3. I have never sold a book and I’m not agented so my answer isn’t worth much, maybe (but then I haven’t really tried to sell very hard…I’ve not submitted much because I haven’t been ready). But I can tell you what’s made me happy about the proposal process that I’m getting into now whereas I used to think it was a chore.

    I have always been a rule follower, and I would drive myself crazy thinking I had to read all the rules, and apply them all to every proposal.

    One day I jotted off a quick note to an editor at Highlights without thinking about any rules, and she bought my story. I also got very good responses from other magazine editors when I wrote conversationally and with a bit of humor. I realized that when I didn’t try so hard, I was more attractive.

    Someone, I can’t remember who, said at an SCBWI conference that no one wants to date the desperate girl. I loved that line. It says it all.

    The rules I follow now are, be professional, be conversational, be yourself, and write a darned interesting story that grabs them at the throat on page one and doesn’t let go until it’s over.

    Easy as pie. I’m thinking someone is going to snap me up any day now! heh heh

  4. Wendy Lawton says:

    Great advice, Sally. We all need to relax a little. An overwrought proposal does not sell the book.

  5. Wendy Lawton says:

    Teri, Don’t worry about making the synopsis shine. Just tell the story in a clear, concise way. No one judges your writing from the synopsis.

    Someone once told me they bought a magazine in the grocery store– I think Soap Opera Digest– that does synopses of the soap operas for people who work and want to keep up with their soaps. (I guess before the days of DVR.) They learned to write synopses from that.

  6. Carla Gade says:

    Thank you, Wendy. This is one of my greatest fears in life, manuscript submission. I’ll probably end up published posthumously by someone who finds all of my finished novels that I have yet to send in. If I wait any longer, that just may become a reality!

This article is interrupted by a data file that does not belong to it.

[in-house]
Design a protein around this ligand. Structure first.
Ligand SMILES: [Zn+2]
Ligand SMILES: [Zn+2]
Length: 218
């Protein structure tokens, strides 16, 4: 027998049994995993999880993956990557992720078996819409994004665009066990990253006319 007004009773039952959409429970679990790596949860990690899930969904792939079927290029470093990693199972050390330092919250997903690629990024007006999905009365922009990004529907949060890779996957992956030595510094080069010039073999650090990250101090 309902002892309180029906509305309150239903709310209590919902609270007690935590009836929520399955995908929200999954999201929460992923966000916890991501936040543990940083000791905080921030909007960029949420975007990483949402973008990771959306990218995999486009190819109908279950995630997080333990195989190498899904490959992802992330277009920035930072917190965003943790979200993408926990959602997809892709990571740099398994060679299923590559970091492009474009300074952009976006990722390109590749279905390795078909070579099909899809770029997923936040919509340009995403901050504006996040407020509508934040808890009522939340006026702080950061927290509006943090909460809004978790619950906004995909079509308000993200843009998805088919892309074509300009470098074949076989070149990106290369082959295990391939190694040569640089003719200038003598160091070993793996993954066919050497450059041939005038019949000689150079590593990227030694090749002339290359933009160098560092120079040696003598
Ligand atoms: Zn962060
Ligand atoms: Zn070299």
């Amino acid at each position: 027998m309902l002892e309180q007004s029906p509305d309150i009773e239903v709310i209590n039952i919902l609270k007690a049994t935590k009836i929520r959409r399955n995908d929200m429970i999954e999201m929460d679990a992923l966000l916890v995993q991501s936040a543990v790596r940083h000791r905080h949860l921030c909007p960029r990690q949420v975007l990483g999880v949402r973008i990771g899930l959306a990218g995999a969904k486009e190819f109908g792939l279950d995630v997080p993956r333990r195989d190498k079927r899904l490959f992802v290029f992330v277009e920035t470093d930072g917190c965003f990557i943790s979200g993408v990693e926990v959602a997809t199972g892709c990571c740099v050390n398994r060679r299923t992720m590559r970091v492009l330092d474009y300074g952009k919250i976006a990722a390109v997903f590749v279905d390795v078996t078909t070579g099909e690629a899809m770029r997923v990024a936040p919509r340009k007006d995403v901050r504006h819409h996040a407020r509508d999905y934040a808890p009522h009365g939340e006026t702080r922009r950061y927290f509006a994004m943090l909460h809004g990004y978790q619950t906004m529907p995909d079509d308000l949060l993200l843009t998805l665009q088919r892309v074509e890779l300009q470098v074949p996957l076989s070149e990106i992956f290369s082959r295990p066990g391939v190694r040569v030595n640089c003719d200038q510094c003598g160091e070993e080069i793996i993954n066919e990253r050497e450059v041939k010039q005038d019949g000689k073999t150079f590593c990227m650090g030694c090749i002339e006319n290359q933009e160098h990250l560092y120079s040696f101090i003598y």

7. Lyla says:

    Thank you for this post! I am such a rule-follower myself… the proposals and queries are where I get bogged down for months on end, trying to fine-tune all the details. Sally, I also enjoyed the “desperate girl” comment!

  8. You have to sell it. Right out of the gate. Too many of us expect the professionals in the industry to only see the potential for professionalism in our work instead of realizing they expect us to deliver it to them right then and there. Professional means a perfect pitch ninety percent of the time, and it takes a lot of time and effort to achieve that kind of percentage. A selling proposal doesn’t always mean the cleanest copy, the best hook, or nailing the perfect formula, because even these often miss the mark. The purpose of a selling proposal is to sell something.

    I have found the secret of selling — whether to an agent, or publisher, or reader — to mean practicing and refining until I can successfully communicate the human factor. The proposal is the time when I must find and bring to the front that one, distinctly distilled premise of my story that can cause a person — any person — not just to merely see possibilities in it, but to recognize something there which makes them stop what they’re doing and say, “this is bone of my bone and flesh of my flesh” and “we are all made this way.”

    I believe the human factor is the selling factor, and that’s what we have to get better at proposing. It is the true heart of storytelling, and any proposal — at the very least — must bare the heart. Maybe proposals that fail ninety percent of the time are not being taken seriously enough by their authors to begin with. Proposals are serious business. They are the one moment when you must be at your most convincing, because you might only get that one moment.

    You have to sell it.

  9. Thanks, Wendy, for this post. I’m going to print it out (along with the comments) and keep it handy. I love this common sense approach far better than keeping a long list of do’s and don’ts, some of which vary with the agent/editor. (Speaking of agents and editors, thanks for the reminder to check websites for their particular guidelines.)

  10. Hello
    I am also a new writer and I am just similar like you.I am also reading many articles,books etc.Thank you very much for giving such good knowledge and information about book proposal.

  11. Great tips! I owned a small business as a personal trainer for over 10 years, and worked on many business plans. I agree that a book proposal is very much like a business plan.